We noticed two problems with Pupil Labs’ algorithms that could be directly improved upon. First, blink classification was a problem, as the Pupil Labs algorithm relies on the change in pupil-confidence (section “Eye Movement Definition and Classification”) instead of an absolute signal (e.g., EyeLink uses a fixed number of frames without pupil detection). We had to improve their algorithms, since we were often loosing large chunks of data (10’s of seconds) to the failing blink classification algorithm. Second, poor fusion of binocular eye gaze streams. We recorded binocularly, but often it seems that the reported trajectory show eye-individual calibrations rather than binocular fusion (see section “Discussion” and Figs. 9C and 9D). Thus, a high variance orthogonal to the saccade trajectory is introduced. The poor fusion of the eye gaze streams is also reflected in the high standard deviation precision value. On one hand, this problem is likely influencing velocity-based saccade classification algorithms like the one we used in this study. On the other hand, it is unlikely that this problem influences the accuracy estimate, as we use fixation-wise mean gaze positions. Another phenomenon related to bad fusion can be observed more in the temporal domain: while the reported sampling frequency is 240 Hz, in practice, the effective sampling rate ranges from 120 to 240 Hz (see Fig. 4). It is possible that future revisions of the software will fix these problems. In the present study, the Pupil Labs eye-tracker served as a comparison to our reference. As to be expected in such a comparison, both accuracy was worse and spatial precision smaller. Small saccades were sometimes, blinks often, missed. But the average accuracy was well below 1° visual angle and pupil dilation could be resolved as good as with our top-of-the-line reference (as far as we can tell from our data). Thus, taken together, it appears that the Pupil Labs eye-tracker is a valid choice when mid-range accuracy is sufficient, lab conditions are present, repeated calibration is possible, medium-to-long saccades are to be expected and one does not rely on the accurate classification of blinks.
Limitations of the present study
Our comparison study is limited, especially in how well it extrapolates to other situations. We used only healthy, young, educated, western participants with 6/6 vision. And even from those we only included ≈70% in the study and rejected the others, as we could not calibrate them with both eye-trackers concurrently. In a more diverse population, there are participant groups whose eye movements are notoriously difficult to measure, for example children, elderly participants or some patients suffering from autism (compare Barsingerhorn, Boonstra & Goossens, 2018). The performance when measuring a less homogeneous population remains to be measured, but will likely be worse than our sample here. Therefore, we want to stress again that our study reproduces a typical lab setup. In more advanced setups, for example, mobile or VR studies, the performance will also be likely worse due to more head movements.
The choice of the eye movement event classification algorithm could have large influence on most of our results. In this study, we used a very popular velocity based saccade classification algorithm (Engbert & Mergenthaler, 2006). This algorithm was developed for eye-trackers from SMI and SR-Research as one of the most accurate video-based eye-trackers for lab setting research (Holmqvist, 2017). It is therefore possible that there is a bias against Pupil Labs when using this algorithm. Pupil Labs offers their own fixation classificator based on spatial dispersion, but informally we found it lacking in many situations. The classification algorithm could have large effects on some of our findings, for example, precision, smooth pursuit speed, fixation number, and duration. However, we think that the effect on spatial accuracy will be small. Indeed, using a new algorithm based on segmented linear regression and a hidden markov model (Pekkanen & Lappi, 2017), we found near identical spatial accuracy results, but the results for the precision measure and several others (e.g., the number and duration of the fixations in the Free Viewing task) changed a lot. Future comparison between algorithms and eye-trackers could also make use of more sophisticated event-matching algorithm (Zemblys, Niehorster & Holmqvist, 2018), differentiating, for example, between split and missed events. In general, the comparison of algorithms is not the focus of this article and has been done in other studies (Andersson et al., 2017).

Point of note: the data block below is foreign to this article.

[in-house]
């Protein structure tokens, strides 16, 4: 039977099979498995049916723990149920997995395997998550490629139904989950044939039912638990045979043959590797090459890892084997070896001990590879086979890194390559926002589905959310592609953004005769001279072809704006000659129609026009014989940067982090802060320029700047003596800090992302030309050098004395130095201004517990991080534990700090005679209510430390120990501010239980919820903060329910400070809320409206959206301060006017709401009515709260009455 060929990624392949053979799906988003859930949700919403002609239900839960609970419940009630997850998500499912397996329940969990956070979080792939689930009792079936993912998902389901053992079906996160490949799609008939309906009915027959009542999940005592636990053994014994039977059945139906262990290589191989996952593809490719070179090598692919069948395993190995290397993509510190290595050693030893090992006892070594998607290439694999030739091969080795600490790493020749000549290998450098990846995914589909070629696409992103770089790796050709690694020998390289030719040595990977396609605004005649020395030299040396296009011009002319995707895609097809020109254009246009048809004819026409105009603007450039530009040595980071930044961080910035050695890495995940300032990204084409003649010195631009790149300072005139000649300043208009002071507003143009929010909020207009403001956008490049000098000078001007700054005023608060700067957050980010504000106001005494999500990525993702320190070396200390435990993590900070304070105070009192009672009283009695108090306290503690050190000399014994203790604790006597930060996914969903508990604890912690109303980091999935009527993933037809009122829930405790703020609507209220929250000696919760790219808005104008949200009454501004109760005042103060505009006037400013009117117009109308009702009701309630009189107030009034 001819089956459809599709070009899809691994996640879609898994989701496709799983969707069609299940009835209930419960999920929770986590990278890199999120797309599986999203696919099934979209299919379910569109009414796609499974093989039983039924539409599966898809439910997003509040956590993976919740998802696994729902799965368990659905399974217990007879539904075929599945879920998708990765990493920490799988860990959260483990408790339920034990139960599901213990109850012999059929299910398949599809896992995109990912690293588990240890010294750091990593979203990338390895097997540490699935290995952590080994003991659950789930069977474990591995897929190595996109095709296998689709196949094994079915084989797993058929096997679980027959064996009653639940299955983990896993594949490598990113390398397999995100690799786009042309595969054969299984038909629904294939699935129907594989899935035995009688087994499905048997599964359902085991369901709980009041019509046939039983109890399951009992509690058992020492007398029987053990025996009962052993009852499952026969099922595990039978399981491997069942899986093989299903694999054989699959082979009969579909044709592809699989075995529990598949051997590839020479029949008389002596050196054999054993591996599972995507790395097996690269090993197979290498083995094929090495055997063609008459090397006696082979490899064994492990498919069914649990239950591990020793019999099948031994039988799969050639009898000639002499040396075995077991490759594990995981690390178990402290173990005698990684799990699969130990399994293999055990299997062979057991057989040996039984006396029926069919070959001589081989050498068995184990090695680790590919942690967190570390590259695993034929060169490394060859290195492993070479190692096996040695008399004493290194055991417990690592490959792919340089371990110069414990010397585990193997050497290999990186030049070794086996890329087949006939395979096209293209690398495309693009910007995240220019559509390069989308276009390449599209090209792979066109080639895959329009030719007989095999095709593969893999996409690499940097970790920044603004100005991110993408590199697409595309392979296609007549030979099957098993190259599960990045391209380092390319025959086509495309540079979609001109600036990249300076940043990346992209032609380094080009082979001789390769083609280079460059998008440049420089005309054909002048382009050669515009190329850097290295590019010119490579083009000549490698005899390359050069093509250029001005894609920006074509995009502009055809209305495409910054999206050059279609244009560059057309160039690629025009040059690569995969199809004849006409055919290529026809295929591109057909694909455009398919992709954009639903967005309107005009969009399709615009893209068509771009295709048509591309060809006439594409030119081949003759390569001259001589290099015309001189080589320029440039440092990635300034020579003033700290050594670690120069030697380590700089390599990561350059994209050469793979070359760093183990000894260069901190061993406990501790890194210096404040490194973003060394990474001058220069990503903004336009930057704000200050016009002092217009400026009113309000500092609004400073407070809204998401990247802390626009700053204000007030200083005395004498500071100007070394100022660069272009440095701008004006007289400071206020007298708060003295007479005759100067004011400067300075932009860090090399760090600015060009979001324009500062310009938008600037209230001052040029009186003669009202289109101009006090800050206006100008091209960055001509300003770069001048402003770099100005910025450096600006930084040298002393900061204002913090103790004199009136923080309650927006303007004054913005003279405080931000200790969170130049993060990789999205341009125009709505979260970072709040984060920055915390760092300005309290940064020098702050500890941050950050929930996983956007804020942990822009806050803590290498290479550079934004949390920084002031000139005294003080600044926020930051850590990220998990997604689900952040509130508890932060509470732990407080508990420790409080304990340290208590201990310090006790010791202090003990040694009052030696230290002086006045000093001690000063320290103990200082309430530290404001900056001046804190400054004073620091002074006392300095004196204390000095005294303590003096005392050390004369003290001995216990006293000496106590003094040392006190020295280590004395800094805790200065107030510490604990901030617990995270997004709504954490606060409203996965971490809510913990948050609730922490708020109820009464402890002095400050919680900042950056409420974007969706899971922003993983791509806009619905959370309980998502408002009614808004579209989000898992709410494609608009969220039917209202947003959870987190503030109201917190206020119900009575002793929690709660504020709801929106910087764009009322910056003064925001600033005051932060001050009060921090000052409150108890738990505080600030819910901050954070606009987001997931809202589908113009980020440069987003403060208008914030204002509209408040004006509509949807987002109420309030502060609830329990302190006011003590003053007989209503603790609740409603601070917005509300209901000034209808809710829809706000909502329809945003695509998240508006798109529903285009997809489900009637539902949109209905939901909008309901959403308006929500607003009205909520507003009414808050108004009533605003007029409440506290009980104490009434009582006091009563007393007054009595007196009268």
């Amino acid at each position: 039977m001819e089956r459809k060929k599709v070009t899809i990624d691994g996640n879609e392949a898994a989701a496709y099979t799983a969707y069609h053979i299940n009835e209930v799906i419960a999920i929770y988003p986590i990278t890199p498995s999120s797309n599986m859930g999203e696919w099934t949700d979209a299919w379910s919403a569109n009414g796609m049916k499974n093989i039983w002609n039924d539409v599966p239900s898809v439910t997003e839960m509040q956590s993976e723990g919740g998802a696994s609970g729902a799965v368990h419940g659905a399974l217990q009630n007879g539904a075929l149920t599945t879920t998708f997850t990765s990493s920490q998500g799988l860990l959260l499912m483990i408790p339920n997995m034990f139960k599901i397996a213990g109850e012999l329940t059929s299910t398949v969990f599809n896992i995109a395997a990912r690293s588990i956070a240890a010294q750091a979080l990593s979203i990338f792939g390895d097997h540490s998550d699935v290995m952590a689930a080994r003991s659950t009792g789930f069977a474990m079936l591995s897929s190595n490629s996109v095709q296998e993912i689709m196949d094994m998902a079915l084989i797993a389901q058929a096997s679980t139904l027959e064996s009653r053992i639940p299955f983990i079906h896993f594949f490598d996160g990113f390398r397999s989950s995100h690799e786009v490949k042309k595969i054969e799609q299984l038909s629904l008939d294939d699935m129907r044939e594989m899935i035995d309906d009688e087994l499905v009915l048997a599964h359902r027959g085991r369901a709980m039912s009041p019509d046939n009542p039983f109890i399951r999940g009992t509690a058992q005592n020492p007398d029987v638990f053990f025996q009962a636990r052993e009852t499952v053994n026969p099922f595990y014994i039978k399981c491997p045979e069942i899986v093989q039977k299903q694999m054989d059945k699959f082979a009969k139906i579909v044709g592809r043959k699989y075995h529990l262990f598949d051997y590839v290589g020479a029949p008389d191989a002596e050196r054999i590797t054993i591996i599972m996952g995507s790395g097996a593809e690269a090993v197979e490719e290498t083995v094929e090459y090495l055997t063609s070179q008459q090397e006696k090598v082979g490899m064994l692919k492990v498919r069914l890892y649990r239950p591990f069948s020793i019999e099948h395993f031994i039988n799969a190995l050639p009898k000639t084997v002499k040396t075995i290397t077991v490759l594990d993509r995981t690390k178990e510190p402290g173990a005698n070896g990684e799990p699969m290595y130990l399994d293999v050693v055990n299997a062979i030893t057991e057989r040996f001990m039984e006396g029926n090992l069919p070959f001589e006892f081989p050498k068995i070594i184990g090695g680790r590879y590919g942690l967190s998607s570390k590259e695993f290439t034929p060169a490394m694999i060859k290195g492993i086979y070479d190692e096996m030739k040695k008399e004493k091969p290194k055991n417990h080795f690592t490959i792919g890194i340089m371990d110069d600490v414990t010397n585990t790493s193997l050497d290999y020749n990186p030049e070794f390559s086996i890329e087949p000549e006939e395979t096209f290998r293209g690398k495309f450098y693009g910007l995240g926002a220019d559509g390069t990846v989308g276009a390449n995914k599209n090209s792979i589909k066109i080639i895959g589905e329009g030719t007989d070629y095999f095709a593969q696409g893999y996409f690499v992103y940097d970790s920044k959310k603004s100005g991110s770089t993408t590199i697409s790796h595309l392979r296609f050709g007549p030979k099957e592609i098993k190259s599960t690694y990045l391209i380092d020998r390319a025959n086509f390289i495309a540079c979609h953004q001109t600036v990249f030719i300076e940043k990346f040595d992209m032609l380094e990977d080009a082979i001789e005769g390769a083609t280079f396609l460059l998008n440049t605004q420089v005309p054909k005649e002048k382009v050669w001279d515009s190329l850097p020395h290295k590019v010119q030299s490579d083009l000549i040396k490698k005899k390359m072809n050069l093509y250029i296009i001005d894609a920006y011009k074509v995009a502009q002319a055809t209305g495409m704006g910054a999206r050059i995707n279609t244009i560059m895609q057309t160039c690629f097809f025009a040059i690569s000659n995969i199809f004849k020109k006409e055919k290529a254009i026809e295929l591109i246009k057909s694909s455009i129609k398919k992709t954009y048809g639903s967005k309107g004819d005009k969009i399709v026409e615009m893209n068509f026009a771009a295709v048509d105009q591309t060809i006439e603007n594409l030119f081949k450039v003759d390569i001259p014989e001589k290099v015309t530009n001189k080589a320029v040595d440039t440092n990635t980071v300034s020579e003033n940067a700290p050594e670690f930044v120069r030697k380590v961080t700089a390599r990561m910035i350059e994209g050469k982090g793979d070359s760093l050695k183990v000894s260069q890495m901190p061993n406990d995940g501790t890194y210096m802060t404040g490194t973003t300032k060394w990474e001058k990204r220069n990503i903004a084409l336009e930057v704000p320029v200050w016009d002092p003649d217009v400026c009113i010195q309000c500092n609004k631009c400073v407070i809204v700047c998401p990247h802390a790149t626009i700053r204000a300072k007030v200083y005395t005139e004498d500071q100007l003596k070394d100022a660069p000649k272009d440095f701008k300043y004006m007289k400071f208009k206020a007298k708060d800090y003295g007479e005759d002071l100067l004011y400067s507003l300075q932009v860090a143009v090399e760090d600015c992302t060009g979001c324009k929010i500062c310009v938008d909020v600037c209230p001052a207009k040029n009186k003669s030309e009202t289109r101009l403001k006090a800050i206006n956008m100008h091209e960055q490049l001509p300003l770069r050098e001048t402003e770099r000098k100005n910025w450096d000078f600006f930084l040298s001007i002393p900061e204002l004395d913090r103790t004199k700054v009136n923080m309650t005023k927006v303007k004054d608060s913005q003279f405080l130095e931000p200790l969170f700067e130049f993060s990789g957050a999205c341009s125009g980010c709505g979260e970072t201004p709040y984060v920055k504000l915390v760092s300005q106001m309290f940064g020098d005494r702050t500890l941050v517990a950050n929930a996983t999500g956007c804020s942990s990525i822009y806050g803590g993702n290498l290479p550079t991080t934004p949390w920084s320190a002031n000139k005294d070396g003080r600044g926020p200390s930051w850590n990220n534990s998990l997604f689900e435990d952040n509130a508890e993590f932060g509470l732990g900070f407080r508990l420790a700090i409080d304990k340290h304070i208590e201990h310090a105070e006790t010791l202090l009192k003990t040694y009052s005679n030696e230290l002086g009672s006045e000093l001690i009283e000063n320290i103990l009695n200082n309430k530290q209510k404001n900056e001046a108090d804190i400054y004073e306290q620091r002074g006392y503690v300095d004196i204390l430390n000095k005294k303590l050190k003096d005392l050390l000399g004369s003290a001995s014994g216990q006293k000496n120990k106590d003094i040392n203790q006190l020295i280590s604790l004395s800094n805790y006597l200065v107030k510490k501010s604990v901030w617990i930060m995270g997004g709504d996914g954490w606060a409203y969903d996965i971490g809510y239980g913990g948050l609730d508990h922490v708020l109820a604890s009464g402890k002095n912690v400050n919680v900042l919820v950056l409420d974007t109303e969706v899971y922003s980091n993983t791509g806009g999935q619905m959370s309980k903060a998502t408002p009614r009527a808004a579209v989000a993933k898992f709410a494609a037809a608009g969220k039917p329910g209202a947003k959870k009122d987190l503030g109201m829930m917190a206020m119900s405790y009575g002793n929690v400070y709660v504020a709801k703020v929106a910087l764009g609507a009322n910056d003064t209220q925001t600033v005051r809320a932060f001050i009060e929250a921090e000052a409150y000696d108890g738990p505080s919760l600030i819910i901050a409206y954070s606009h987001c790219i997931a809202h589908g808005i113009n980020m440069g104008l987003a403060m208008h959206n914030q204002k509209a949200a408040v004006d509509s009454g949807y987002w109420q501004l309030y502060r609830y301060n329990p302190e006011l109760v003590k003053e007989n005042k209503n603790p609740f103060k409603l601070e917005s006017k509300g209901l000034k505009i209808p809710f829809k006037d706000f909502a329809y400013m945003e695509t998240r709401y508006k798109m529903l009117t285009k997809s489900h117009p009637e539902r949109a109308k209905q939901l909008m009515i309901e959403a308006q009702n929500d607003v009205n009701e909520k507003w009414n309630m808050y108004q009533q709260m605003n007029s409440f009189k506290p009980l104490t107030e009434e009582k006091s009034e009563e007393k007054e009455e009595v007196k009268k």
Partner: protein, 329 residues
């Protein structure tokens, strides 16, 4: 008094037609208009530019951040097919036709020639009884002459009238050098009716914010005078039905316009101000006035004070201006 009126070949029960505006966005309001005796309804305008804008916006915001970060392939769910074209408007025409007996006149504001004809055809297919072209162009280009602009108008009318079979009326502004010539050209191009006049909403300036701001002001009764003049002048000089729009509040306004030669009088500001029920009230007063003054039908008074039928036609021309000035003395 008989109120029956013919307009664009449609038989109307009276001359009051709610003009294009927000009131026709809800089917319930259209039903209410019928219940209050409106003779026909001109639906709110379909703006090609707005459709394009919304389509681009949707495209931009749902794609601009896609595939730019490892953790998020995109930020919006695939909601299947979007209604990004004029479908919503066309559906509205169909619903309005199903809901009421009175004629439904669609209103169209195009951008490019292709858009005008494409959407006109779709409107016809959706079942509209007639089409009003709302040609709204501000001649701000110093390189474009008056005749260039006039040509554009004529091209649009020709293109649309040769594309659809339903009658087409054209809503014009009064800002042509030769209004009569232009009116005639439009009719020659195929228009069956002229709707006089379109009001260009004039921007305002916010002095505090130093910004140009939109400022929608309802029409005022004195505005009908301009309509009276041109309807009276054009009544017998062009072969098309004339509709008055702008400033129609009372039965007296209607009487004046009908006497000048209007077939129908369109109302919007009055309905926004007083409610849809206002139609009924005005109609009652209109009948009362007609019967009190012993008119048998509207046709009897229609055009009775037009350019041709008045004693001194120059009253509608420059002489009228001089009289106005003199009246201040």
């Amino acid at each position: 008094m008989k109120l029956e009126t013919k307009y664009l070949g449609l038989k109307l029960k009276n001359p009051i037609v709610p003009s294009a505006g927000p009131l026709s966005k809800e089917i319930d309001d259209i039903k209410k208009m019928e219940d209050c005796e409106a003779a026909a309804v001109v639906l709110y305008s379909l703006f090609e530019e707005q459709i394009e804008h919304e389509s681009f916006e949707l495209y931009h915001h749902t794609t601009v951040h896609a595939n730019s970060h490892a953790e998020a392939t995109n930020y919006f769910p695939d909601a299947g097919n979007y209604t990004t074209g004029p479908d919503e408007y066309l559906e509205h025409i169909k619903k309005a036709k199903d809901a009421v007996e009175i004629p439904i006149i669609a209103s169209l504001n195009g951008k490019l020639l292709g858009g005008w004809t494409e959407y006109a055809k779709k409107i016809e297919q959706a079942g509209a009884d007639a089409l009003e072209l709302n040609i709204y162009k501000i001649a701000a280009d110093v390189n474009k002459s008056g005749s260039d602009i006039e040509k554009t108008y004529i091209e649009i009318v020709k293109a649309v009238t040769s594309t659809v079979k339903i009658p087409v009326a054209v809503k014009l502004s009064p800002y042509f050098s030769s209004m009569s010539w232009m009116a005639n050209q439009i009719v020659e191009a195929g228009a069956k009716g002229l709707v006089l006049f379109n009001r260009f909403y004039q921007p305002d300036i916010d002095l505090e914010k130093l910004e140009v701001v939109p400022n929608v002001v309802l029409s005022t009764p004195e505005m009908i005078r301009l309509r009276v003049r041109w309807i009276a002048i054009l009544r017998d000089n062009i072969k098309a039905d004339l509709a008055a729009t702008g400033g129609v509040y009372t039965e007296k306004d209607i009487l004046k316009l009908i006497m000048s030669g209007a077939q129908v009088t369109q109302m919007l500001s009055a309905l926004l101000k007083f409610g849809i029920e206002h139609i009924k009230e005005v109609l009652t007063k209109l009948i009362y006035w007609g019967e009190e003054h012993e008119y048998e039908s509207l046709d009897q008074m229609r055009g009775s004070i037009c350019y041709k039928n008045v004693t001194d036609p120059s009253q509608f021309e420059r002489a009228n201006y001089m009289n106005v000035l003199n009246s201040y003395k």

There are more factors that might have given us non-optimal measured performances in our study: The experimenter recording the data had less than a year of eye-tracking experience; we had to calibrate two eye-trackers at the same time; and, at least for the EyeLink 1000, the calibration area on the monitor was slightly larger than what is recommended (we used 36° with a recommended range of 32°). We argue that these points cannot be critical, as we easily reached the manufacturer recommended validation results. In addition, throughout the study we used robust statistics to mitigate the influence of singular outliers.
All in all, we think none of the limitations are so critical as to invalidate our findings.
Eye-tracking data quality cannot be reduced to a single value. Therefore, we developed a new test battery that allows to analyze a variety of eye-tracking measures. We used this test battery to evaluate two popular eye-trackers and compare their performance. We exemplarily interpreted our findings in light of many popular eye-tracking tasks and thereby offer guidance on how to interpret such results individually for the researchers own tasks/eye-tracker combination.